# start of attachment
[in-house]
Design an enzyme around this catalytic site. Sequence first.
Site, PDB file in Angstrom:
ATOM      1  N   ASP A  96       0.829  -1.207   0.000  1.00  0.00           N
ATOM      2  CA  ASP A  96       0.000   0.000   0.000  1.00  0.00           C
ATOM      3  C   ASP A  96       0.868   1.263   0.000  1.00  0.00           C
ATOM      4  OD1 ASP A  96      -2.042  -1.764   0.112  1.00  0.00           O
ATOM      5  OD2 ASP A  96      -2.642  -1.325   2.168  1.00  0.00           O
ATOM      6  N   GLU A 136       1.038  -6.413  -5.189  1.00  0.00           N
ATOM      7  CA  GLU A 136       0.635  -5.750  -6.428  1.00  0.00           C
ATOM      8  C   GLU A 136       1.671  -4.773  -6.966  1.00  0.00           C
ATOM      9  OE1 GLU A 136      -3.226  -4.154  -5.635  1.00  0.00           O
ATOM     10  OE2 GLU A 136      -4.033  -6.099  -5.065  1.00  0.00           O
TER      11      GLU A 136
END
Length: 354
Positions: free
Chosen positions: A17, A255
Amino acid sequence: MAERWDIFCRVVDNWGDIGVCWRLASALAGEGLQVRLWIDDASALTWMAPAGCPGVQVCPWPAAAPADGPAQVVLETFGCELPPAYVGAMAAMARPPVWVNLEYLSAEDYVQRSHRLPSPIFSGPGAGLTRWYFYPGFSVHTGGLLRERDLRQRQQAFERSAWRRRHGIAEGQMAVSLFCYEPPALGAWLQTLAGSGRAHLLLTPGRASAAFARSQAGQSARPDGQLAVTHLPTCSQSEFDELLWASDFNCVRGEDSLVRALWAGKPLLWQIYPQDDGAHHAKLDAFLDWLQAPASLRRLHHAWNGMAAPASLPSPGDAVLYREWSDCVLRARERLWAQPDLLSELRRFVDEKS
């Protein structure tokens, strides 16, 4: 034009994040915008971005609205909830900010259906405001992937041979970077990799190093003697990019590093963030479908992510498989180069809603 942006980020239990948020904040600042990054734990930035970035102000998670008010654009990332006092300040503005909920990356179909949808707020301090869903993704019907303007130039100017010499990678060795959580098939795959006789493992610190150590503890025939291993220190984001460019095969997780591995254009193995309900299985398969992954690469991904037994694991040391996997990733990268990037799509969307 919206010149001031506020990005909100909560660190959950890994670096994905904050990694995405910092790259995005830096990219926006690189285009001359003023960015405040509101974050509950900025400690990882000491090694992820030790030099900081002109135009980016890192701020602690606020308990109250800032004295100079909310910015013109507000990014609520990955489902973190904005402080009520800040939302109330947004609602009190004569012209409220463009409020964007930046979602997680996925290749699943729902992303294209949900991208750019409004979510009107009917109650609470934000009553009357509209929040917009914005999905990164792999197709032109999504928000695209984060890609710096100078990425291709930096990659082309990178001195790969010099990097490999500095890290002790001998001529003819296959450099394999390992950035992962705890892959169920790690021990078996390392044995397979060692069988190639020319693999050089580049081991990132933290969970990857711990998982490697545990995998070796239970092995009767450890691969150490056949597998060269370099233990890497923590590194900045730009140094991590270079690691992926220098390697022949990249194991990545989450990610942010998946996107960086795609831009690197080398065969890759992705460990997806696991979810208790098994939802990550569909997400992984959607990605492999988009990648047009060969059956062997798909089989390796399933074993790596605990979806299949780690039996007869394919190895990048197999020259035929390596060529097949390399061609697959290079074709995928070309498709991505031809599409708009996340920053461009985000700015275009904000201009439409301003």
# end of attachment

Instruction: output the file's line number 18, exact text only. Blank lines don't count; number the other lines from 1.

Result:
Chosen positions: A17, A255